“If those treaties wouldn’t have been signed and if the Native nations wouldn’t have ceded that territory to the U.S., it wouldn’t be the U.S.,” Doerfler said. “The reason that non-Indians have a right to be there is because of that treaty.”
Treaties are living documents, influencing government-to-government relationships and lawful behavior as much as the Constitution does, but the racist and pervasive notion that these treaties aren’t needed or relevant undermines Indigenous sovereignty. And in an era of growing ecological disasters, it also ignores the tried and tested wisdom of working with, rather than trying to dominate, the land of the original stewards of the land now called America. Indigenous leaders say that pipelines are not inevitable, though unmitigable climate change is if we continue extracting, burning, and profiting off of fossil fuels. Rights of Nature law, which may sound strange to the untrained ear, crystalize what we already know and Native peoples have been saying: we are all in relationship with the Earth, that we need the planet’s air, water, and land in order to live. Without the Rights of Nature, there are no human rights.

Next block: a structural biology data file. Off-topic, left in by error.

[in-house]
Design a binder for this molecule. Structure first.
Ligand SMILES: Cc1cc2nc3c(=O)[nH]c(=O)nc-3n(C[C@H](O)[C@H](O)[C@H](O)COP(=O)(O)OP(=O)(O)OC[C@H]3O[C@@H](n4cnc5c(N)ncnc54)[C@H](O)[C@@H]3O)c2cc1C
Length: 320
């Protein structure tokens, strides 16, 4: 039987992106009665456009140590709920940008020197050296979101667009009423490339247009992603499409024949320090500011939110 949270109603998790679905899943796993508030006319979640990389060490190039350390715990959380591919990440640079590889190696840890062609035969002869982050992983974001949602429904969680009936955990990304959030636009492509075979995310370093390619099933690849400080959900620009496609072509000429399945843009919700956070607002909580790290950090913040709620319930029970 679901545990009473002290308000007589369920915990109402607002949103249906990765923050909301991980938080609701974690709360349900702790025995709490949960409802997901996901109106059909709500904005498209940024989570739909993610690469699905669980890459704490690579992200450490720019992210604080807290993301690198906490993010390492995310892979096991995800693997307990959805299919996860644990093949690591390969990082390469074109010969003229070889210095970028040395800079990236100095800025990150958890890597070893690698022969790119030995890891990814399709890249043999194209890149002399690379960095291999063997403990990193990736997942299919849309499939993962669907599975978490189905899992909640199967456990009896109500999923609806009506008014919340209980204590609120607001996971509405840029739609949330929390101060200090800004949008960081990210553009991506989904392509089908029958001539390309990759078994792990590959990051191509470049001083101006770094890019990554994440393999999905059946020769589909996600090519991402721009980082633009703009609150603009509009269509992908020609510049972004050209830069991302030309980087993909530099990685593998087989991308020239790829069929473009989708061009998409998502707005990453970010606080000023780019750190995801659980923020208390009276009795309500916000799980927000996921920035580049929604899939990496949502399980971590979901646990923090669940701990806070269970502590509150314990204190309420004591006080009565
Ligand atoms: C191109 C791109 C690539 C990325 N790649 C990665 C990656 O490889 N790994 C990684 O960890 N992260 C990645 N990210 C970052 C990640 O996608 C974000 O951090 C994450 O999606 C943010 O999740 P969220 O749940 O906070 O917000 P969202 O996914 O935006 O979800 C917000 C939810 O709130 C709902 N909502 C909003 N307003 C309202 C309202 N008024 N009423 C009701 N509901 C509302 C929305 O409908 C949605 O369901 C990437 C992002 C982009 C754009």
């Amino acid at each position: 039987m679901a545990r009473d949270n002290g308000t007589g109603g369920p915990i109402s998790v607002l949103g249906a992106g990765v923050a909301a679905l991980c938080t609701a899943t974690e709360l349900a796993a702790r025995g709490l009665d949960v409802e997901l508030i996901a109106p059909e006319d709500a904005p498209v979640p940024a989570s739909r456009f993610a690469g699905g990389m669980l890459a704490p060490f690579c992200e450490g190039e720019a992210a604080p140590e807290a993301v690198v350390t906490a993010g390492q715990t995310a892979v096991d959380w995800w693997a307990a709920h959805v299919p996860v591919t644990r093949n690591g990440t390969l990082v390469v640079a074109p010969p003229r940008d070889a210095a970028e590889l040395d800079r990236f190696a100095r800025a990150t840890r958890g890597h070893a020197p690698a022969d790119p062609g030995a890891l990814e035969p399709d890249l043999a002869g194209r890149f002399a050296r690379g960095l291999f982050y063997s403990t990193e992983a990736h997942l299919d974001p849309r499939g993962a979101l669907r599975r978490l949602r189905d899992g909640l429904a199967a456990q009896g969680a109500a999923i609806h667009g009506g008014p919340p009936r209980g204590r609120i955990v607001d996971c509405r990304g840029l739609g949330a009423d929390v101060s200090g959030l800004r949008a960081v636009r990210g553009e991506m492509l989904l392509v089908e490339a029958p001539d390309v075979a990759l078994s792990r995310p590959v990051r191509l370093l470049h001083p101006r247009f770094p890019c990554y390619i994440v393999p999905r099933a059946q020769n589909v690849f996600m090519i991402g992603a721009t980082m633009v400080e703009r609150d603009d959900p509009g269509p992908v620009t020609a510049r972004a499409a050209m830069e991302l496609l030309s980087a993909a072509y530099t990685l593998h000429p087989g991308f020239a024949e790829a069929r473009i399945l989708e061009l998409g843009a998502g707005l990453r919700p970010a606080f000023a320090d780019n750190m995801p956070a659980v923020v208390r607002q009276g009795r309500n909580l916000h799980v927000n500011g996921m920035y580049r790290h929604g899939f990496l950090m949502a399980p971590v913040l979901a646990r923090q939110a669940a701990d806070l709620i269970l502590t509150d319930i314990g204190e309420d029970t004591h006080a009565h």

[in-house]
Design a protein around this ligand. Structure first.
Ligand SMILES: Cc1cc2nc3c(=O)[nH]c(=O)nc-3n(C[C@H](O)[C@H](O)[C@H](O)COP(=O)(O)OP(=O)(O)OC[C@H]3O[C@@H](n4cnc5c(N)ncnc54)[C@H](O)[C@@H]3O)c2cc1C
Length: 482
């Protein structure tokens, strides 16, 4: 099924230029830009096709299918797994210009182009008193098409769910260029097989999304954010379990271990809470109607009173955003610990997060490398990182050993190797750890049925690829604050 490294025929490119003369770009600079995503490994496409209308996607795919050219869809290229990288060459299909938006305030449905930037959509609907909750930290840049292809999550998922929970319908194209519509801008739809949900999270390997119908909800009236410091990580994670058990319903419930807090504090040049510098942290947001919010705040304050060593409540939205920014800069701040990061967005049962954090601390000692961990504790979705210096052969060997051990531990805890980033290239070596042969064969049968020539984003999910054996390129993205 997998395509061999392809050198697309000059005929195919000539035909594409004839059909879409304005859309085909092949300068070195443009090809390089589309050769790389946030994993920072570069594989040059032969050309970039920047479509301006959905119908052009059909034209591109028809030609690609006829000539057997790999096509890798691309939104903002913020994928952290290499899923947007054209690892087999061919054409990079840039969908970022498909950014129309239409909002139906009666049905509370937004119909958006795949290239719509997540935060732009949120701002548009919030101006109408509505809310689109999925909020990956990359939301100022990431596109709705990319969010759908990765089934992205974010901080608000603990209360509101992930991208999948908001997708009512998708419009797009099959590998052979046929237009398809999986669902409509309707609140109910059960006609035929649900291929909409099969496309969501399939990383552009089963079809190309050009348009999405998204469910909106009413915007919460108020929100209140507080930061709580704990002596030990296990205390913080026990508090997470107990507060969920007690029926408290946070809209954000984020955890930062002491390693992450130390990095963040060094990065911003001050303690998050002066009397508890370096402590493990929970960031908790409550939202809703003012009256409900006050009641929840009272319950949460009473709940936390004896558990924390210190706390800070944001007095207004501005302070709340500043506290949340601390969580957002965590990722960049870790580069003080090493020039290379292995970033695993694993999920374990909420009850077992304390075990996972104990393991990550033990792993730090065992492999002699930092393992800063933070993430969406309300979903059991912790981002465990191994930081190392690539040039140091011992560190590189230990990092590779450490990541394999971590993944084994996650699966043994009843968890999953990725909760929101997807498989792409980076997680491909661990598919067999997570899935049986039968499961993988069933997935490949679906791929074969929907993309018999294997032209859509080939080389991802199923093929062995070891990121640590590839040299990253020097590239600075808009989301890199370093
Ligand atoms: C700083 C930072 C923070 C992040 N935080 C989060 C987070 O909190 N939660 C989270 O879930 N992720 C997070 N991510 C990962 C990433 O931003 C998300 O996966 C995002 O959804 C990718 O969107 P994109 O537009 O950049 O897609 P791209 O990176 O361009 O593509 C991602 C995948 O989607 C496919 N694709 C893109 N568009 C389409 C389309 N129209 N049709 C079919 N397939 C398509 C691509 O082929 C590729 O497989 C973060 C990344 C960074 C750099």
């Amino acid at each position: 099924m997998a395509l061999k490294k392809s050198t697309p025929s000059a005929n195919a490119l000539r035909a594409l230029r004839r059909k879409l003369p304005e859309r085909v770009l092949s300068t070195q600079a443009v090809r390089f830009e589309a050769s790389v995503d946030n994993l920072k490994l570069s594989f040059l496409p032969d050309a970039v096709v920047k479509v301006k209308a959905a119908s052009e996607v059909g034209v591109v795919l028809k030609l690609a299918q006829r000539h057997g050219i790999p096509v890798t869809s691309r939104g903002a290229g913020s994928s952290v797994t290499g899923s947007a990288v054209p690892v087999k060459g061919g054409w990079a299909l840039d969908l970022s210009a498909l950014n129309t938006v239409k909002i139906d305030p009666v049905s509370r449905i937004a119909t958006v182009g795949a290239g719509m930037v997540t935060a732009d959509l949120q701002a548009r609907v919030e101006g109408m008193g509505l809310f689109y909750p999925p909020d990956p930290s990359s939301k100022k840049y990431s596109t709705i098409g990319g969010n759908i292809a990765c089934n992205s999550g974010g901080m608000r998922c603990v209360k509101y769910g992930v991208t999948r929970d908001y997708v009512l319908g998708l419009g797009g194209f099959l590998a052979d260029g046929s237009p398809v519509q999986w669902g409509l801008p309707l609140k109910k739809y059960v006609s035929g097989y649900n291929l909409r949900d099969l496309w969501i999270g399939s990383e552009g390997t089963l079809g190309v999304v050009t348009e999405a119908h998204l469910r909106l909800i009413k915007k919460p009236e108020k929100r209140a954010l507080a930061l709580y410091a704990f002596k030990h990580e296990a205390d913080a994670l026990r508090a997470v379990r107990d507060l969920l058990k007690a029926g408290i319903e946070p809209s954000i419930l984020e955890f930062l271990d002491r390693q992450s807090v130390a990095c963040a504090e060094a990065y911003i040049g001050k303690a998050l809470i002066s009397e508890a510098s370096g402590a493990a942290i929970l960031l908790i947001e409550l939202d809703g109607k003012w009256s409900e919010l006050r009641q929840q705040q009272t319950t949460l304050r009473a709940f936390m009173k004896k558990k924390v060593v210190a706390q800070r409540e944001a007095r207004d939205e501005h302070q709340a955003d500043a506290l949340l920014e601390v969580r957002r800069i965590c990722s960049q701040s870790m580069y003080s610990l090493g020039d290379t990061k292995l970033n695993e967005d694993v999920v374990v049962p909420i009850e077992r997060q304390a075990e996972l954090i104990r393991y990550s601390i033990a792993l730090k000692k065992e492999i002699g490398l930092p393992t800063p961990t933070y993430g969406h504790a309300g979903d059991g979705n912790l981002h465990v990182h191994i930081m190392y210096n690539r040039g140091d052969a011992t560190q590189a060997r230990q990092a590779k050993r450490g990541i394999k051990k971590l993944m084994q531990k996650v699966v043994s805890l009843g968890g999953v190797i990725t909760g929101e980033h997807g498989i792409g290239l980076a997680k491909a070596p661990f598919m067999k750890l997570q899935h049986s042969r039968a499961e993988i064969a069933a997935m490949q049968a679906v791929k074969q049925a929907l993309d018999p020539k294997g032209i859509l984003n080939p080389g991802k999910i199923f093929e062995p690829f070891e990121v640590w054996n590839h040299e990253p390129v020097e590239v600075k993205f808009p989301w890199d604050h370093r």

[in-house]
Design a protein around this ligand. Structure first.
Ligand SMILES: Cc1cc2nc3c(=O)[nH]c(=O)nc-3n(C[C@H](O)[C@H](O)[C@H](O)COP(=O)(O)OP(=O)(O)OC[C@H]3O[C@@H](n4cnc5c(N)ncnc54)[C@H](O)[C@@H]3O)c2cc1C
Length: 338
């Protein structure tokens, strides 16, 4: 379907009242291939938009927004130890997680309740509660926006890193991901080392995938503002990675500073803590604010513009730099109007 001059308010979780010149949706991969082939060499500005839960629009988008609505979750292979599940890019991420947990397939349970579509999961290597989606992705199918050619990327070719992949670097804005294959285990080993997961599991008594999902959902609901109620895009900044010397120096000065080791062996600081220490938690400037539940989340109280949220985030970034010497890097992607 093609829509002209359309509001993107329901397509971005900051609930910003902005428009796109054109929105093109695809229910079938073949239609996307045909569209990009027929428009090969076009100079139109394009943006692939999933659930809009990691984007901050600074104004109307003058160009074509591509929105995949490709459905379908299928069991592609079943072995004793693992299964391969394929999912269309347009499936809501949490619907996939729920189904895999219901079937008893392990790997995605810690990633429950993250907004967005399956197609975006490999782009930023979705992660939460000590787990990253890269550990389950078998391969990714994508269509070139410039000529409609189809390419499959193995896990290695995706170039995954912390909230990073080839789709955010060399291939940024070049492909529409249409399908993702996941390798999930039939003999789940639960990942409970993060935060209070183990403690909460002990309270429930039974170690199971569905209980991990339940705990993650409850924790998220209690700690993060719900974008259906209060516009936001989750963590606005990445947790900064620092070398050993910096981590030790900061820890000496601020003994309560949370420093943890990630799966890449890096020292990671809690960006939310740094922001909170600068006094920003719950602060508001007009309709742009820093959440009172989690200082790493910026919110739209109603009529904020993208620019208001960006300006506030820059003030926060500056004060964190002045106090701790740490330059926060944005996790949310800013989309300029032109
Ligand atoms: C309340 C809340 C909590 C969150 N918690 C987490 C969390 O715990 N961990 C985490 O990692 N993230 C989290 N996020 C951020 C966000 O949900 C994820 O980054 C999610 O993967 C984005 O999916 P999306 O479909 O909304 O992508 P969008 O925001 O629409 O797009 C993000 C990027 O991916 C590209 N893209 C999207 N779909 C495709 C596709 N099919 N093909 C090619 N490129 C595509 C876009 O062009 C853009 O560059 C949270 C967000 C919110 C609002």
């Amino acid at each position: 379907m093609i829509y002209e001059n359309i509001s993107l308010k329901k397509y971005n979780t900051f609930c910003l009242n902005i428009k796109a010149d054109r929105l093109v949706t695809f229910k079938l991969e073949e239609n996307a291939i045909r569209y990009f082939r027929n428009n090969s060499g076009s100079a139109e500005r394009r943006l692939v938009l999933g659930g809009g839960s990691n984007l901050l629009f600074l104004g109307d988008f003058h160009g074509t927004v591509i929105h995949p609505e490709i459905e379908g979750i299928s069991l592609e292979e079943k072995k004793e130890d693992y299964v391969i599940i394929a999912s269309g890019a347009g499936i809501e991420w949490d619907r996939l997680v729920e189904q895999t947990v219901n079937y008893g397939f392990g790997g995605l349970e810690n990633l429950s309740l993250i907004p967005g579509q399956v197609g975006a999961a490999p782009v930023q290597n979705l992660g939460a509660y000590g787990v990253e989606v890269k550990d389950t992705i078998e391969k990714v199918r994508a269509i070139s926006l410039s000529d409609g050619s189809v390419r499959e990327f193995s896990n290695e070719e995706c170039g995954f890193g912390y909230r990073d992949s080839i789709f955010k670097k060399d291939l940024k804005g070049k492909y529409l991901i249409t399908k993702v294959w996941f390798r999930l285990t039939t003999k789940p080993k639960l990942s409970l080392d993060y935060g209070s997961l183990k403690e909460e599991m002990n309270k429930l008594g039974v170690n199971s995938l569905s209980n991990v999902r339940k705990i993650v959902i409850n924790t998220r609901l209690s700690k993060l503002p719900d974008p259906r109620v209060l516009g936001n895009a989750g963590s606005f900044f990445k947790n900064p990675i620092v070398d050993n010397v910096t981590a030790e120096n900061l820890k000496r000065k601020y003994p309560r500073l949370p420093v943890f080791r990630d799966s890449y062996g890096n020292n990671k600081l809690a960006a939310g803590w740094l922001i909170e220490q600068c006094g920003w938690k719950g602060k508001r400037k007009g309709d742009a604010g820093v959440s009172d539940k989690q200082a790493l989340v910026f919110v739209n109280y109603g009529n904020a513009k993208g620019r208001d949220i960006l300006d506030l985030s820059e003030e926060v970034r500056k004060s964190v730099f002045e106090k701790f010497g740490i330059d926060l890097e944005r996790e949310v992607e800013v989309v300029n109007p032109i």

But surely, one of the most compelling arguments that anyone, including a federal judge, can understand is that food tells us who we are and where we’ve been. Upholding the rights of manoomin to grow and flourish in the present is a way of honoring the good berry’s past and a means of making sure both of us have a future.